BAKER’S TOPIC, “table skills”
By the expression “table skills” the old craftsman bakers who taught me to bake in the 1970’s were referring to all manner of hand skills to do with dough handling.
I shall do a series on this, and today we shall begin by looking at the simple task of rolling up a piece of dough towards you.
Hand skills, Part 1: making a cylinder
Below is the photo that was placed at the top of this newsletter, where you see the final roll-up of a tinned loaf. It is tight and neat. Firm pressure is put on the dough, but hand pressure should never be so tight as to tear the dough. Remember – torn gluten strands cannot mend themselves, so tears remain as blemishes.
You see that the flattened dough piece has had each side folded inwards, one side placed on the other (like a pastry fold, in thirds). Now the baker proceeds to roll it up firmly creating a cylinder with a straight seam. The main action is done by the forward thrust of the flat thumbs, which keeps it tight and neat. Thumb pressure is released, and a little roll towards you follows, done with the gathered fingers behind the loaf that can lightly draw its bulk towards you. Then resume pressure from the flat thumbs and another little increment of the task is performed. It is a jerky action, as thumb push is followed by finger roll. When I roll up a loaf like this, there will be four or five of these jerky motions.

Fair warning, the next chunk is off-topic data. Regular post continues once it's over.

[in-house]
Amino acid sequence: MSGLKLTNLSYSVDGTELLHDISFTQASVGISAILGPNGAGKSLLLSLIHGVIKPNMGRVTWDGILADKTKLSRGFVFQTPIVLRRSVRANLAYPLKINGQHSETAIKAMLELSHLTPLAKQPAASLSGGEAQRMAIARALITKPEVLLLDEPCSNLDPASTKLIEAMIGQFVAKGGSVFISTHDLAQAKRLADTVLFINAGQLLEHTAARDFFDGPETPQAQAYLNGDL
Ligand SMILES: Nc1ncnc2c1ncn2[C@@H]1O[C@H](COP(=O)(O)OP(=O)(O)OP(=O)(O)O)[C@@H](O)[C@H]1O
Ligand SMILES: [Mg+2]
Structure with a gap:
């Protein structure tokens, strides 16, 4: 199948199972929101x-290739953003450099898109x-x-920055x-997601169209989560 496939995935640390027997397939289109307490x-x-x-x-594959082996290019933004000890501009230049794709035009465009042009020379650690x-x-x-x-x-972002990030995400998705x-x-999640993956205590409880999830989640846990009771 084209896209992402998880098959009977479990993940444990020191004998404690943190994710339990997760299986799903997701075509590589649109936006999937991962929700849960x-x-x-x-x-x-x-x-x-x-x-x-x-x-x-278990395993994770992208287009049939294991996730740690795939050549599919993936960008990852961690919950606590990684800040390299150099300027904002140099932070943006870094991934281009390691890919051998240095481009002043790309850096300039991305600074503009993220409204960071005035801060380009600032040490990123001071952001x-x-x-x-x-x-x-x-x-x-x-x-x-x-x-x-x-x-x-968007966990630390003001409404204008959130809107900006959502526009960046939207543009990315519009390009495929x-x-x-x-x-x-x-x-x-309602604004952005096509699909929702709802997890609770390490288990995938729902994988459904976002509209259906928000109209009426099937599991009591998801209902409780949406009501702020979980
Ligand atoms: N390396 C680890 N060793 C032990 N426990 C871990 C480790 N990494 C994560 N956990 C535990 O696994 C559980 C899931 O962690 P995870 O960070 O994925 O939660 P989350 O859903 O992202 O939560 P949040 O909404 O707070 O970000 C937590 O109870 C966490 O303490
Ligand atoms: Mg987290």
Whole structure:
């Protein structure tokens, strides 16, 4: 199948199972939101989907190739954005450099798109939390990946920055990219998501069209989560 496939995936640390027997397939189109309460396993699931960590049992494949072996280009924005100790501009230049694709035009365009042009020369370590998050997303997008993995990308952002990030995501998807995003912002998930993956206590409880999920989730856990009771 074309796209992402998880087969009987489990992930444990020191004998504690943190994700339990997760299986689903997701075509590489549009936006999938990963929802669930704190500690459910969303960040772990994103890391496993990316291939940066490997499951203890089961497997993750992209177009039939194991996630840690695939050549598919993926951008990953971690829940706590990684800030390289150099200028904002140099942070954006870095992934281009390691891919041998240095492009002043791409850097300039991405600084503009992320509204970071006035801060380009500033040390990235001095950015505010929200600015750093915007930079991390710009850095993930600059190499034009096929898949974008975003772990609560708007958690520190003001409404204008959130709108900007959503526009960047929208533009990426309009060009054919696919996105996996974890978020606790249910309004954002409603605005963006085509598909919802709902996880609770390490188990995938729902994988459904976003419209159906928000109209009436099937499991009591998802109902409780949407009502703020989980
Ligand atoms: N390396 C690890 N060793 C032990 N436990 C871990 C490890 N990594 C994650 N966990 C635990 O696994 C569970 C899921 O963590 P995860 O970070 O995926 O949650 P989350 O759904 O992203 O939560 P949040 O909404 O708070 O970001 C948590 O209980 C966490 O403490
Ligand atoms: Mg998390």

Next, moving away from moulding a shape for a tin, look at the formation of the cylinder that proceeds the making of a baguette.
First step is to take the floppy rested piece and fold up its bottom, fold down its top as follows:
Then proceed to make a gently formed cylinder (see next pic) which will enjoy a short rest before being rolled into the long baguette by an entirely different action (which can be covered in a newsletter of the future).
This photo (above) shows the action from the opposite side.
Making a cylinder is also a valuable skill for kneading inside a tub, or systematically working oil and water into dough (focaccia, olive bread, etc.) See below for inside the tub. The same roll-up action is used when you want to make a large sprawling heap of dough into a neat and compact bulk for putting it in a container or simply moving it to another place.
Well Panarians, there will be more of these table hand skills sessions. After all, instruction on “making a cylinder” was only Part 1.
Good baking, Paul